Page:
Lithium Battery Recycling

Lithium battery recycling, equipment and machines to reduce environmental impact, risks and benefits of lithium batteries and how to recover the valuable materials contained inside

Lithium battery recycling, a type of rechargeable battery that uses lithium as its main element. This battery is widely used in various electronic devices, such as smartphones, laptops and electric vehicles. Their distinguishing feature lies in their ability to store more energy in a more compact space, compared to nickel-cadmium or lead-acid batteries. In addition, lithium batteries do not suffer from the 'memory effect' and enjoy a longer lifespan than other rechargeable batteries, allowing more recharging cycles. The potential of lithium batteries is undoubtedly considerable. However, it is essential to recognise that these batteries present some significant risks:

- Fire: lithium batteries can overheat and catch fire if damaged or subjected to excessive thermal stress;

- Explosion: in extreme cases, lithium batteries can explode due to the formation of gases inside the cell;

- Intoxication: if the battery ruptures, internal materials can leak out and cause irritation or intoxication;

- Environmental damage: lithium batteries can be harmful to the environment if not disposed of properly.

There are several developments underway to improve the performance of lithium batteries and make them safer. Some of the most important advances are:

  1.   Next-generation lithium-ion batteries: research is aiming to develop batteries with higher energy density, longer life and lower risk of fire and explosion.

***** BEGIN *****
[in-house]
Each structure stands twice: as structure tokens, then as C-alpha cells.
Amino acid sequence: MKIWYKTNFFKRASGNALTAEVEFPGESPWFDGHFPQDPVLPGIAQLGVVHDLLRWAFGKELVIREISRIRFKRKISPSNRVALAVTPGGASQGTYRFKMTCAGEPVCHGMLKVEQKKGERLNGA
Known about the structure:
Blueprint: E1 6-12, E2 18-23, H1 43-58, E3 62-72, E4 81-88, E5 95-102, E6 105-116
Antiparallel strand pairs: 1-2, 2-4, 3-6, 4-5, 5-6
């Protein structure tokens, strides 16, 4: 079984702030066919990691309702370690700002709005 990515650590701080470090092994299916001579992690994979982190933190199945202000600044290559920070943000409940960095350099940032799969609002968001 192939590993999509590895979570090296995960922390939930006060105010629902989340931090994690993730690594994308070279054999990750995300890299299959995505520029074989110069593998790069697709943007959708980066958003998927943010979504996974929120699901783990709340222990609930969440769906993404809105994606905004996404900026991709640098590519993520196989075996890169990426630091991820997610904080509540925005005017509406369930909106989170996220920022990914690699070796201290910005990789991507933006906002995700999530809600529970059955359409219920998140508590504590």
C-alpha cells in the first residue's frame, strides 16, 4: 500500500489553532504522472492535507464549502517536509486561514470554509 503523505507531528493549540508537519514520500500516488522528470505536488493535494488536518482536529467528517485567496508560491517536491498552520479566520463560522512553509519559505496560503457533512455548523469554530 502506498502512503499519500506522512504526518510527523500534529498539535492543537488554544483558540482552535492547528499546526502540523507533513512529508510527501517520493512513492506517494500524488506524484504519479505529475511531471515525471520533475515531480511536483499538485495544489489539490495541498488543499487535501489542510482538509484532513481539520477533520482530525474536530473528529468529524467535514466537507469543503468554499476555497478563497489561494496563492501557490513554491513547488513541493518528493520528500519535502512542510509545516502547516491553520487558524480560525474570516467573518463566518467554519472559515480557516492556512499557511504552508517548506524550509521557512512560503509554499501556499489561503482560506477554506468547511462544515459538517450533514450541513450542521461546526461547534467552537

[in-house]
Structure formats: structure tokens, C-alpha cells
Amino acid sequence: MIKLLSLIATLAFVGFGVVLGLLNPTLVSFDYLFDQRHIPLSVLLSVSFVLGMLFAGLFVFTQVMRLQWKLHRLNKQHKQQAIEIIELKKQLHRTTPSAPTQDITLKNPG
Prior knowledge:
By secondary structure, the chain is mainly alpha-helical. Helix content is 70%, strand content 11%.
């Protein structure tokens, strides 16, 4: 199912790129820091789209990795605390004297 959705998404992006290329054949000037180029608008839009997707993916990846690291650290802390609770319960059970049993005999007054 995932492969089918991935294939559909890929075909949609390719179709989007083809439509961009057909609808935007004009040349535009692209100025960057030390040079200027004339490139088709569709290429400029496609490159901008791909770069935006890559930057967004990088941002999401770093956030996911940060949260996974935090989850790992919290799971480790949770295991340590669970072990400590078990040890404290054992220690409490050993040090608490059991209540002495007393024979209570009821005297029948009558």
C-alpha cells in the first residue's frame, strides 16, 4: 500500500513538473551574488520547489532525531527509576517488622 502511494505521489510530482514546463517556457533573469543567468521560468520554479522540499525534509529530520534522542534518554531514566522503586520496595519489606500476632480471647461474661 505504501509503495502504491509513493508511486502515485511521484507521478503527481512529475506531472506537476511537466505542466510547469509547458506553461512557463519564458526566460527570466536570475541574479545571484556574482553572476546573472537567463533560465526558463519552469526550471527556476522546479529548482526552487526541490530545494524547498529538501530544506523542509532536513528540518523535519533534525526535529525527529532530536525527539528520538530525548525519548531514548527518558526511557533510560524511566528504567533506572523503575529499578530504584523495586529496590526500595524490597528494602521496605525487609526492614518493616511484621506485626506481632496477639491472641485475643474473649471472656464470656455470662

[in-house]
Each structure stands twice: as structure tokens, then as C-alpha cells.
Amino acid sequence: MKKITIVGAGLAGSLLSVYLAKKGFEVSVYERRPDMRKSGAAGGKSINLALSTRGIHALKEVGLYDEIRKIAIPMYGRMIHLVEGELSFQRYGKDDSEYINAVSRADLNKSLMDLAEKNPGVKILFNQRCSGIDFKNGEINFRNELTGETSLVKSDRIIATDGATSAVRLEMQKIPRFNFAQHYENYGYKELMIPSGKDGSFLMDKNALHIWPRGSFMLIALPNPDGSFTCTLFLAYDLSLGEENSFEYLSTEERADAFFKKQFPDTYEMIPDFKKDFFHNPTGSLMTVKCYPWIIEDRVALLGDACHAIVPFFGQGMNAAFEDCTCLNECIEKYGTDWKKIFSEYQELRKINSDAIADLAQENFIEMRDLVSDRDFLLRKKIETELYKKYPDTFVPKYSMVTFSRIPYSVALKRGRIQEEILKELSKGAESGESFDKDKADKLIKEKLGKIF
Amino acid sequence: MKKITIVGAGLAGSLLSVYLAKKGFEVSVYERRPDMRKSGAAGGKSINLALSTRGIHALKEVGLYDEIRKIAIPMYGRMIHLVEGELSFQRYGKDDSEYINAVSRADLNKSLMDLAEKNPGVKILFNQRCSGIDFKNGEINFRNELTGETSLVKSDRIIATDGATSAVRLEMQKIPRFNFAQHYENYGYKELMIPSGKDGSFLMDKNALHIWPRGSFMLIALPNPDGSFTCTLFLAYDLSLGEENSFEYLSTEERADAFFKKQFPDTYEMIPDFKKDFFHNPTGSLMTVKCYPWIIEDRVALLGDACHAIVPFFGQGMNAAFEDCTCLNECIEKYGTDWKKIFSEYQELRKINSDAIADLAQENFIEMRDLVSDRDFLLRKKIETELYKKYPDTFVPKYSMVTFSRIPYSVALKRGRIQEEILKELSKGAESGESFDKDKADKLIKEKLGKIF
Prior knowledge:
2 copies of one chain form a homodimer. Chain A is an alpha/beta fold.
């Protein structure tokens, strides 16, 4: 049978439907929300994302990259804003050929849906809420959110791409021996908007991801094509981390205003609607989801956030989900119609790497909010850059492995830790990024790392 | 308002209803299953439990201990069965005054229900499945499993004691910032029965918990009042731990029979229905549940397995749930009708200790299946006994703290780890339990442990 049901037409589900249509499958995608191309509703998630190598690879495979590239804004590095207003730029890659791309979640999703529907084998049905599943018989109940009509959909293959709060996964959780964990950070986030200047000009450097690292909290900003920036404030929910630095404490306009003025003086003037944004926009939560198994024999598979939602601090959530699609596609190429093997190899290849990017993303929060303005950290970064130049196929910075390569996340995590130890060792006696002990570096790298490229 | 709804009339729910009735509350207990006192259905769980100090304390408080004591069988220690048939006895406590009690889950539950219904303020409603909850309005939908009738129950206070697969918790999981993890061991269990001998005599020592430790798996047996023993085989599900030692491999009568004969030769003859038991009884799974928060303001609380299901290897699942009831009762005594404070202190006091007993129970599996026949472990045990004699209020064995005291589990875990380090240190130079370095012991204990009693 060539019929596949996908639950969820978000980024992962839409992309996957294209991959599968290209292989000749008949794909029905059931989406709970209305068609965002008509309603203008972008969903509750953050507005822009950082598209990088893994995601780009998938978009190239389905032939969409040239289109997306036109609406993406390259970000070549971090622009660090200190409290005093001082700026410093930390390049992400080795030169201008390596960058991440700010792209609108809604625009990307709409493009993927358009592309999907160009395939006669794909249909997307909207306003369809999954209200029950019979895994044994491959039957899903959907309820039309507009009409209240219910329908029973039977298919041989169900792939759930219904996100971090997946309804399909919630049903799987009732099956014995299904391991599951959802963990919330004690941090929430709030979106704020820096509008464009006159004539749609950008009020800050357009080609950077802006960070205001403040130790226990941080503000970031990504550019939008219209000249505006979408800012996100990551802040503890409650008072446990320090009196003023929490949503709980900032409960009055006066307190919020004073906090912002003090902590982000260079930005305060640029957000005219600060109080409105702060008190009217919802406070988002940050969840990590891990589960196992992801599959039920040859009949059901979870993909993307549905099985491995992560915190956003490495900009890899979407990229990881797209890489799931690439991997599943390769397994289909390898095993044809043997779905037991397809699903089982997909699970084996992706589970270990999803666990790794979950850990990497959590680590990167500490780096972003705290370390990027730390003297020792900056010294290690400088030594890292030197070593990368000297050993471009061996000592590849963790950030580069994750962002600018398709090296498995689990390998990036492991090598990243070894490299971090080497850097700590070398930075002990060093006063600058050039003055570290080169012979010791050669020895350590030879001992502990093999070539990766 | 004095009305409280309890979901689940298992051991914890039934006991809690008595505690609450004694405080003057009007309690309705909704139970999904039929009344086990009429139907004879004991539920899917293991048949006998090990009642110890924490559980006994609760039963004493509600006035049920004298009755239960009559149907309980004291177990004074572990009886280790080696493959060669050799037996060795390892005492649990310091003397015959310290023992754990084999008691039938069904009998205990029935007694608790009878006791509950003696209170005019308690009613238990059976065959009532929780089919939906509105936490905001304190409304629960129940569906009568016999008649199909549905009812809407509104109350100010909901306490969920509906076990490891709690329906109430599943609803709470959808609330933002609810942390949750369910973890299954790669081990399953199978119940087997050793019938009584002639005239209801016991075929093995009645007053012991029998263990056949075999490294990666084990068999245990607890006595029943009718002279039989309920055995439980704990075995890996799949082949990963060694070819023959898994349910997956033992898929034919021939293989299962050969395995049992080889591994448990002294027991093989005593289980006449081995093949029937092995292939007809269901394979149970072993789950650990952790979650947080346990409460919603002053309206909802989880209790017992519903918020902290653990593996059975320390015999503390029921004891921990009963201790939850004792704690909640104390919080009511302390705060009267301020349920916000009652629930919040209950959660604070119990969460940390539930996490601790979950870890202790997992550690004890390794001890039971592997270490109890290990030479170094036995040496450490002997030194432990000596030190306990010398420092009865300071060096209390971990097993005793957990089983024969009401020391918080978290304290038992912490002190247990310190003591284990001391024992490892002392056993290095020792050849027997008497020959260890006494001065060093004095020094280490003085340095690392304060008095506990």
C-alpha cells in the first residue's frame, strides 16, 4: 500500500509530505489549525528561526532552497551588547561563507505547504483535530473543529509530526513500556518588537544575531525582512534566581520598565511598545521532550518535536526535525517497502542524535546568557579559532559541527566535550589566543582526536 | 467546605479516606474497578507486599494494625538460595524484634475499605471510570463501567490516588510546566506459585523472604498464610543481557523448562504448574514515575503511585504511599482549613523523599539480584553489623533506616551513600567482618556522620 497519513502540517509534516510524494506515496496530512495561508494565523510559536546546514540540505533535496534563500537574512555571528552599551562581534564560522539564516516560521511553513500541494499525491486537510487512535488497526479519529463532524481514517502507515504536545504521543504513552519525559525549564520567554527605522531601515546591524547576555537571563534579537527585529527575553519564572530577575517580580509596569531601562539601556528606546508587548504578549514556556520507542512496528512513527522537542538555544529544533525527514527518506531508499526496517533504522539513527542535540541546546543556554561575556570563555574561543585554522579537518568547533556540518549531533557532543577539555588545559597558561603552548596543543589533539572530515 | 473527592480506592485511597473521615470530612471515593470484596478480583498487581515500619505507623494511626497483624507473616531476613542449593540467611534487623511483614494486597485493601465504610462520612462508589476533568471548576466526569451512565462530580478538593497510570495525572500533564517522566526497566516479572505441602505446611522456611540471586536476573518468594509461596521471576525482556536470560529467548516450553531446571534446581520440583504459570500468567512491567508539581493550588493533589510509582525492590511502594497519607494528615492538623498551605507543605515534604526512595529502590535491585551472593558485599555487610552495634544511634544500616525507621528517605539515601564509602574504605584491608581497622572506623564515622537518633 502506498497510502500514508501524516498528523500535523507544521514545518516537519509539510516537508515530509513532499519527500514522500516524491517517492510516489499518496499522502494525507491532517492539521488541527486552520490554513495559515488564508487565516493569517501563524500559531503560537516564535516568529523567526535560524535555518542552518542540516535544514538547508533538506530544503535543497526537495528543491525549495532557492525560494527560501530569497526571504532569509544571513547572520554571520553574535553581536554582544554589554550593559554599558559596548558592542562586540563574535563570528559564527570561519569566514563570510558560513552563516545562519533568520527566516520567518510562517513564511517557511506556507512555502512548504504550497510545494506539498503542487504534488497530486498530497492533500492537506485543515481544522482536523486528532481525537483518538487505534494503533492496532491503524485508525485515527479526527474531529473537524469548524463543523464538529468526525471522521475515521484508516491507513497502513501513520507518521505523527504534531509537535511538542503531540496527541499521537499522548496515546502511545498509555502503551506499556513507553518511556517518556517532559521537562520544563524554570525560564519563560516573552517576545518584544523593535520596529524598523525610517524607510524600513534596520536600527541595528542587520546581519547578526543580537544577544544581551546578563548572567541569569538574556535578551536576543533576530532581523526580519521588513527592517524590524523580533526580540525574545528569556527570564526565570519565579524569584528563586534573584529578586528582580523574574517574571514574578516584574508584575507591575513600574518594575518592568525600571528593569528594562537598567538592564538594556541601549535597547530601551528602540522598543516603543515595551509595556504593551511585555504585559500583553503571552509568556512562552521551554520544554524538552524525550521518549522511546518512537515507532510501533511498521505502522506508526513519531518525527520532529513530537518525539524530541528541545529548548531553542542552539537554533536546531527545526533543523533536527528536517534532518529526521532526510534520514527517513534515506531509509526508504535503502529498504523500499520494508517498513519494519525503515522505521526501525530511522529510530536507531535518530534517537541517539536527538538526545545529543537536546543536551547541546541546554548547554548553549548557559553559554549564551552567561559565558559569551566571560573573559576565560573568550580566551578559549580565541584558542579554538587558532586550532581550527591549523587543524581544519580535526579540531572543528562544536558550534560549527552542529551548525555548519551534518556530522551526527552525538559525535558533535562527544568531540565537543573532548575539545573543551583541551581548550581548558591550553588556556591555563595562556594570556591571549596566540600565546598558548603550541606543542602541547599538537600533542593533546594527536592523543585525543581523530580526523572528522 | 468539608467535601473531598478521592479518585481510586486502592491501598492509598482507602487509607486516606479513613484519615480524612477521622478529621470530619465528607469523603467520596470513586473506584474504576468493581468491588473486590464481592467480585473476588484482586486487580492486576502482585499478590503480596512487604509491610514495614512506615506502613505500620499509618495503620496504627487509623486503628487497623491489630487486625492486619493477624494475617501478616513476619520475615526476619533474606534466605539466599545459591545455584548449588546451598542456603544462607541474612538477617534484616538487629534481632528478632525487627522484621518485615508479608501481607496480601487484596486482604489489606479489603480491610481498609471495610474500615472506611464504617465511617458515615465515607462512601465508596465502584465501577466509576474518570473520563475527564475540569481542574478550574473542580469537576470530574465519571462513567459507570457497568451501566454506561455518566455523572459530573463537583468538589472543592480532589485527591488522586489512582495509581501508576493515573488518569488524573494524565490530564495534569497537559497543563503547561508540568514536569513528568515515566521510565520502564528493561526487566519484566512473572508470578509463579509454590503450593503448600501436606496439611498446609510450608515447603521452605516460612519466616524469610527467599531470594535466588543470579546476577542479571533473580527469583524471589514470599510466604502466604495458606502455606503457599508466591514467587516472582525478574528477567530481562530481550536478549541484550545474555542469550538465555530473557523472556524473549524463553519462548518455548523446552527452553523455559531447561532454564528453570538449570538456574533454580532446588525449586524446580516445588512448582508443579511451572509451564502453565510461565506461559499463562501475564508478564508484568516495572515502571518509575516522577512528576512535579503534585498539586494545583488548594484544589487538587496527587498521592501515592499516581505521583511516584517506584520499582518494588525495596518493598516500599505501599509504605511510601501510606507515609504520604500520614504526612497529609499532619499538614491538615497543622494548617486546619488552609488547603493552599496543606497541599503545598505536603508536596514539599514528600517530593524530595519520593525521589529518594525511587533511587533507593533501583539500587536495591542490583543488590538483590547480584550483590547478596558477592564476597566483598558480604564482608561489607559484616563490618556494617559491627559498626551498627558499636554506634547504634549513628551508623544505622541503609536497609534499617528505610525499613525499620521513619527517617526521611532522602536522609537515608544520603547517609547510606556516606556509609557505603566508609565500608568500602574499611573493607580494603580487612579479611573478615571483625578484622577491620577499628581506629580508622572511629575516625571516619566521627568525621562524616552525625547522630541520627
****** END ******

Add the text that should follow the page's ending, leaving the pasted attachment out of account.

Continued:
2.   Lithium-polymer batteries: they adopt a polymer as the electrolyte instead of the traditional liquid, giving them greater flexibility and greater resistance to liquid leakage.
  3.   Lithium-metal batteries: they use a metal instead of organic compounds as the anode, making them more efficient and having a higher energy density.
  4.   Experimentation with alternative materials: Graphene, nanotechnology and solid materials are currently being researched to improve the performance of lithium batteries, exploring new possibilities besides conventional materials.
  5.   Environmental management and recycling: significant efforts are underway to develop sustainable methodologies for the recycling and disposal of lithium batteries, in order to reduce the environmental impact associated with lithium batteries and recover the materials that make them up for reuse in the construction of new batteries as part of a circular process.

Stokkermill has been researching and developing solutions for battery module recycling for months, which includes the following technological steps:

lithium batteries materials
  1. Inertization of the battery
  2. Recovery of the gaseous fraction
  3. Recovery and separation of the metal, copper, aluminium fractions
  4. Black-mass recovery

The suitably dehydrated and inert black-mass will be destined for other chemical-physical treatment plants for the separation and recovery of raw materials: mainly lithium and cobalt.

Stokkermill's recycling solutions are designed to be efficient, economical and minimise the environmental impact of the technological process. Recycling batteries helps to preserve raw materials that are particularly significant and with a growing demand. Statistical sources show that, in the EU, the percentage share of full-electric vehicles will rise from the current 14% to 20% by the end of 2024; figures that once again confirm the need to make battery recycling processes increasingly efficient, economical and less impactful on the environment.